I was making a new watch-strap for myself out of paracord. As I was progressing, I kept checking with my home-made jig to make sure the length of weaving before the watch was correct, and after the watch was correct, taking into account the size of the nylon side release buckle.

As I was musing, I started to consider the feasibility of a watch strap without a buckle. I don’t know why, it just bubbled into my mind, and once there I started to gnaw at it like a bone. Maybe I was considering the amount of space a buckle takes up, and therefore, if one could be made smaller, and not smack in the centre of the bracelet, maybe more of the weaving work could be visible. It struck me as a reasonable goal.

I decided, right there, that what was needed was a little clip which could be woven into one end of a paracord bracelet, to clip over the little bar which holds the watch band onto the watch. Simple enough, I thought. What was needed was to weave the bracelet onto one side of the watch, providing a permanent (for the life of the bracelet) connection between watch and bracelet. Either it would be woven directly to the watch (please see diagram ’04 watch with paracord’ ) or it could be woven around a slim armature, like a toothpick, and later connected to the watch. This is probably the simplest way.

Before properly launching into this Instructable, I wish to thank the following for some of the visual material in this Instructable. Photos of paracord bracelets, and the side-release black nylon buckle come from the Bored Paracord website, and for that I am grateful. The watch illustration used in the Instructable are from the Gallery section of public 3d objects on Tinkercad, this watch model was made by Ilkka Peltola, and I am grateful that it was made public and available for derivative illustration. (Photos 01, 02 and 03 show a typical buckle and typical bracelets. I am sure you don’t really need these pictures for enlightenment.)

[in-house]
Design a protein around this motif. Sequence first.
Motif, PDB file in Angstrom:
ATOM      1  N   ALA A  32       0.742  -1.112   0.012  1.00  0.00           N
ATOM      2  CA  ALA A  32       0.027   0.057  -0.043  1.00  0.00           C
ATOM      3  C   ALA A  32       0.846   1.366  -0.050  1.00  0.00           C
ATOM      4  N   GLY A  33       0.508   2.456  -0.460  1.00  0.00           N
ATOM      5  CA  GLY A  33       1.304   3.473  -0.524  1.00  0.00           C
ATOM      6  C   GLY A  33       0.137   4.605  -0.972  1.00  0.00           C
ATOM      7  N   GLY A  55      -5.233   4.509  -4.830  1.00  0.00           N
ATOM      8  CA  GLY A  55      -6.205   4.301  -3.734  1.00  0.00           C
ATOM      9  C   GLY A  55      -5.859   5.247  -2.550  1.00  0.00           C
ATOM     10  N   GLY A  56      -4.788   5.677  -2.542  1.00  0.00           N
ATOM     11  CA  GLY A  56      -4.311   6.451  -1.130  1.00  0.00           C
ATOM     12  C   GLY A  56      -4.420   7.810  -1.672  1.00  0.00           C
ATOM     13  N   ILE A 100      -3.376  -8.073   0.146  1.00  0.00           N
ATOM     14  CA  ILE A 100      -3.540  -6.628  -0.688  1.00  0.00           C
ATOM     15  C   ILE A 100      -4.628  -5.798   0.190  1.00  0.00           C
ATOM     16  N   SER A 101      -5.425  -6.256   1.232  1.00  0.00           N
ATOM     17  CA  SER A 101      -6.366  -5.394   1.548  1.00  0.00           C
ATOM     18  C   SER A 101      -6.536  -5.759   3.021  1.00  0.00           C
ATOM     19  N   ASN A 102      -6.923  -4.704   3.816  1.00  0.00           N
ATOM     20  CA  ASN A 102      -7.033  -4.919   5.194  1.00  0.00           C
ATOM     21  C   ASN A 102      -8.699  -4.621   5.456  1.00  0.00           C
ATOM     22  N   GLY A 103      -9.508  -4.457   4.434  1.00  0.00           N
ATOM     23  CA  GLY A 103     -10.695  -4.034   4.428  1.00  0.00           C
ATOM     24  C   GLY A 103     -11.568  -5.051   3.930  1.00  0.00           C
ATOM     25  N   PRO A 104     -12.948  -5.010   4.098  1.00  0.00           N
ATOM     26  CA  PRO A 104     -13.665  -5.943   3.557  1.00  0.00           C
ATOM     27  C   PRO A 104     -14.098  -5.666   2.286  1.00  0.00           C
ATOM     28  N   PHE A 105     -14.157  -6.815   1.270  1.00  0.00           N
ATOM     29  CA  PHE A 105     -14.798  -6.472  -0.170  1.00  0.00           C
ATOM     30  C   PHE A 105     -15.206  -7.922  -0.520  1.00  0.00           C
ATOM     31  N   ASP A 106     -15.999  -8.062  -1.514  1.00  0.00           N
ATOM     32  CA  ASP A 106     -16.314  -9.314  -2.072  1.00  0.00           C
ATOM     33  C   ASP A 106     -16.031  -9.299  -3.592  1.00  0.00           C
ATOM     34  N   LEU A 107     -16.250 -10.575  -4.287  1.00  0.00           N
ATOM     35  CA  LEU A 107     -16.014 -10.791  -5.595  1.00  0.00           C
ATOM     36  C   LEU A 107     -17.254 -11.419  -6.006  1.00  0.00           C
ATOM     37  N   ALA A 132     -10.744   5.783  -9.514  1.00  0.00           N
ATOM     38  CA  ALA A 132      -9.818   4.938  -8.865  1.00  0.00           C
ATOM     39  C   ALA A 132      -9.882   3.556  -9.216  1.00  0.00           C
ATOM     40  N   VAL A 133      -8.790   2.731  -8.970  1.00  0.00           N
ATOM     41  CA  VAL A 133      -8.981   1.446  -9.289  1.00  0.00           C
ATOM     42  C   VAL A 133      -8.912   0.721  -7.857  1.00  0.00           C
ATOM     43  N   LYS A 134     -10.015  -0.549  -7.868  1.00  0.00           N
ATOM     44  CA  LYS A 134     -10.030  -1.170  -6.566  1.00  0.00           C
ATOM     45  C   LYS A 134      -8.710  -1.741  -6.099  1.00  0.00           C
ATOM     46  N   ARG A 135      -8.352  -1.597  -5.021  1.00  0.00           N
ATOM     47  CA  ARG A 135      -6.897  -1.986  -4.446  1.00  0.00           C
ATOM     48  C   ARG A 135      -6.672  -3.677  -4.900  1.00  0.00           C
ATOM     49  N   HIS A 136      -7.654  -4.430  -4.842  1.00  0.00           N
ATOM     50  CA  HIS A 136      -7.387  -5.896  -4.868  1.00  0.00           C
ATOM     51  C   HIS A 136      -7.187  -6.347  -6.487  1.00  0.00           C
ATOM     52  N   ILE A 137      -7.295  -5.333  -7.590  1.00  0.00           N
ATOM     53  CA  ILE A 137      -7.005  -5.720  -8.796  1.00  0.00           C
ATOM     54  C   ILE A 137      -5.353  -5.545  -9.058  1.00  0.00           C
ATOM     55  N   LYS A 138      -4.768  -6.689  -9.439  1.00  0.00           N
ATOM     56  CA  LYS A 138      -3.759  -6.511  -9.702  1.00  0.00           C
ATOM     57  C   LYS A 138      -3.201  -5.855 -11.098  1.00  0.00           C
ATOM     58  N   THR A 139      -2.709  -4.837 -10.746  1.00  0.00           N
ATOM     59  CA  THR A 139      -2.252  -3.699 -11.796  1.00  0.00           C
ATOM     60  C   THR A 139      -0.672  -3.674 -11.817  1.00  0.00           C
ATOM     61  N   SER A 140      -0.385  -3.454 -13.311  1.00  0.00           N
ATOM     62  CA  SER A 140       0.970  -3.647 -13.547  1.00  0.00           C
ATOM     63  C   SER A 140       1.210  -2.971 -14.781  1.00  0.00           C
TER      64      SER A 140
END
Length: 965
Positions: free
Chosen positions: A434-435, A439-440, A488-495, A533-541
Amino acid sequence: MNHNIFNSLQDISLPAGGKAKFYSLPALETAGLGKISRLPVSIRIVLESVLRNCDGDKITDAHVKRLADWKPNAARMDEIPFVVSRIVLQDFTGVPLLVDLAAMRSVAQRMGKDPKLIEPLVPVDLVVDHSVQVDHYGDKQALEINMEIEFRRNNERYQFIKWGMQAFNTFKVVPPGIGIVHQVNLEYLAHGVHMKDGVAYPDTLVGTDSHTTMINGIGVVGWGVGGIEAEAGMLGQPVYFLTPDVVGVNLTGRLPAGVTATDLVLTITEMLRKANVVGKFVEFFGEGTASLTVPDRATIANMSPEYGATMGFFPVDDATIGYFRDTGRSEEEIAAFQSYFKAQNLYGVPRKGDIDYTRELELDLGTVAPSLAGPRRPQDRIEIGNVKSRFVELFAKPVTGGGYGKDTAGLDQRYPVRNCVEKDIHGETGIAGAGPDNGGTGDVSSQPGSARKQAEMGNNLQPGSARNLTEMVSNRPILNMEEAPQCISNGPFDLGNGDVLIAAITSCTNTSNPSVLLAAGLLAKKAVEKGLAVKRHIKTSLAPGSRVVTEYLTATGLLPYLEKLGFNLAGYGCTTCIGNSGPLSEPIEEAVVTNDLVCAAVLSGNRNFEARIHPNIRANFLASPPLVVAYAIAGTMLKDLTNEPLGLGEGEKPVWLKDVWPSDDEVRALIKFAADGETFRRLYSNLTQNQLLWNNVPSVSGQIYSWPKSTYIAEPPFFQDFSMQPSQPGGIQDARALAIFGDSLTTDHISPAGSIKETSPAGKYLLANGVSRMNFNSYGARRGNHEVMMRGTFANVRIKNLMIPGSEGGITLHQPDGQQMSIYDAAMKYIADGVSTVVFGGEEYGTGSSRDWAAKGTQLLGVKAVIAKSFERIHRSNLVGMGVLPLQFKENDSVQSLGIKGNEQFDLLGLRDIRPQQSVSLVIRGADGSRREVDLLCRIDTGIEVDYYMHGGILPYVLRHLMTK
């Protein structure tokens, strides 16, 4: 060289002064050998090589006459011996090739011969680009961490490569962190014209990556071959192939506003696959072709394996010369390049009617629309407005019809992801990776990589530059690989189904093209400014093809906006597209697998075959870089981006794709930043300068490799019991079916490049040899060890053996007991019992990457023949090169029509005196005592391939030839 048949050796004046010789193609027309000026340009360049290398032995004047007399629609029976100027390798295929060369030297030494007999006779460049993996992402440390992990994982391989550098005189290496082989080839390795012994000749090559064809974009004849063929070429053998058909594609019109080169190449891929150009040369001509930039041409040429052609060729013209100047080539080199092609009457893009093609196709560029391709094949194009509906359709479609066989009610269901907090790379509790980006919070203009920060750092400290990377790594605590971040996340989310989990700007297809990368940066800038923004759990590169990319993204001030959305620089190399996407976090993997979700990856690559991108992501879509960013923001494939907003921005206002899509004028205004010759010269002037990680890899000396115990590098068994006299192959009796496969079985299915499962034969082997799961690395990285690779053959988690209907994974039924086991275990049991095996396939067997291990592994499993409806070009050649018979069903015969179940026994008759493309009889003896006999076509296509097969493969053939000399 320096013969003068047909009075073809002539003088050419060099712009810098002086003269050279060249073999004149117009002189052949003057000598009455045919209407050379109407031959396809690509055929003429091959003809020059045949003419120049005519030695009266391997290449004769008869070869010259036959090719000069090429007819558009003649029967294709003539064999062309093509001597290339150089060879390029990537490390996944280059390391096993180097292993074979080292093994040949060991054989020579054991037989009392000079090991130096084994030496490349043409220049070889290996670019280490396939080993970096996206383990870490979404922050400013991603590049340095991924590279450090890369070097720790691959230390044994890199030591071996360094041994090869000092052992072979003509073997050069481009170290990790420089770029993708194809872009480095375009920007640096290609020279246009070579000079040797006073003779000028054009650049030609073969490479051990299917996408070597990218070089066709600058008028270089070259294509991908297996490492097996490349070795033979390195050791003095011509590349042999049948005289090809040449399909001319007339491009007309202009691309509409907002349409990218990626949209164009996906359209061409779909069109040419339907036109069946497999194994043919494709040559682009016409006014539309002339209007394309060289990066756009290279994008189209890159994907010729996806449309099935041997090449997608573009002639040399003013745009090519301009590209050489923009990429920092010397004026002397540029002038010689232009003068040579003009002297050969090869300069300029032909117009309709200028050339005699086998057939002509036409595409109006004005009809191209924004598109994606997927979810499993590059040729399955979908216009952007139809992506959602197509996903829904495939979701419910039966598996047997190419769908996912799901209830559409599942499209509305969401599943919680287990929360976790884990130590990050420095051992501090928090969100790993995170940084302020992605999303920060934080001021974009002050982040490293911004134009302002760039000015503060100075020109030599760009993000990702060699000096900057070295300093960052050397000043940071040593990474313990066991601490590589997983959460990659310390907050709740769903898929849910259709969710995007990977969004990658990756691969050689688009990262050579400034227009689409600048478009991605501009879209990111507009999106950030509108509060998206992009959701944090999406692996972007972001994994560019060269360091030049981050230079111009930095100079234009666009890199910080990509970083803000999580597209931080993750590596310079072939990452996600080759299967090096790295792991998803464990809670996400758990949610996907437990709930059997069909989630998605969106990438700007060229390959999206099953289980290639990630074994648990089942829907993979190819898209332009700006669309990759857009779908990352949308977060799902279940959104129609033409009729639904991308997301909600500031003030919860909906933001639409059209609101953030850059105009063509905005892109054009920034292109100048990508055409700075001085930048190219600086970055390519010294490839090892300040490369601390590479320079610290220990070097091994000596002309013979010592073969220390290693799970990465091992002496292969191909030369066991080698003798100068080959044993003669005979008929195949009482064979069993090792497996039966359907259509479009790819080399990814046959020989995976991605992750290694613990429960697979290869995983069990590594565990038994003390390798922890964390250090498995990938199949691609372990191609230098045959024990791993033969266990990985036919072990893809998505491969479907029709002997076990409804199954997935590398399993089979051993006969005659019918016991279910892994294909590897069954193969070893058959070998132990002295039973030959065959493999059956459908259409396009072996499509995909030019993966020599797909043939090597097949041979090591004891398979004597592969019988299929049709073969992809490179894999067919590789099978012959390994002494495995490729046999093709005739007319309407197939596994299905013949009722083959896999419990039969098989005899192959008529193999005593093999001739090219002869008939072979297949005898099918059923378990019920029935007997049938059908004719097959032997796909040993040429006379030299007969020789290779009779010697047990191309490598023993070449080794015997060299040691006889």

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Regarding the paracord element, I like making paracord bracelets and watch bands. I have been making them for a number of years and I gain a lot of pleasure from the practice. I enjoy seeing the many designs which have been developed over the years, on websites such as Tying It All Together (TIAT,) Bored Paracord, Stormdrain’s Blog and Pinterest, to name but a few. I can’t say I have any sort of emergency or survival requirement from these bracelets, I just find them attractive and I like making them.


Regarding the 3d printing element, well, that’s a different story. The thing is, until very recently I just didn’t get it. I did not see the point. I watched YouTube videos and such, and I did a bit of casual research, but I just didn’t understand what all the fuss was about. I did not see how making a £1 thingamajig on a 3d printer, at the cost of £10, made the slightest bit of sense. When I can go and buy a widget or cheapo plastic item for a few pence, why would I buy an expensive piece of kit, spend hours and hours setting it up, to replicate something at a cost factor in the thousands of percent? What’s even more fundamentally confusing is why I would go to certain websites to find these 3d models to 3d print. What on earth is it all about? Surely if a person believes they need a 3d printer, it’s to make stuff that they have designed, and can’t find made by anyone else.

Well, I have to say that the last few days have possibly changed my views, and I may well be a convert. We will have to see. However, in the mean time, I’m not going to dash out and buy a 3d printer any time soon, because I simply cant afford it, and can’t (yet) justify it.


What I imagined in my mind was a clip which simply slid over the little bar, and was woven permanently to the bracelet by way of a rectangular hole in the clip. (Please see diagrams ’05, 06 and 07’ which are named ‘clip 3qtr 1, 2 and 3’. Along with ’08 clipthing cross section.’)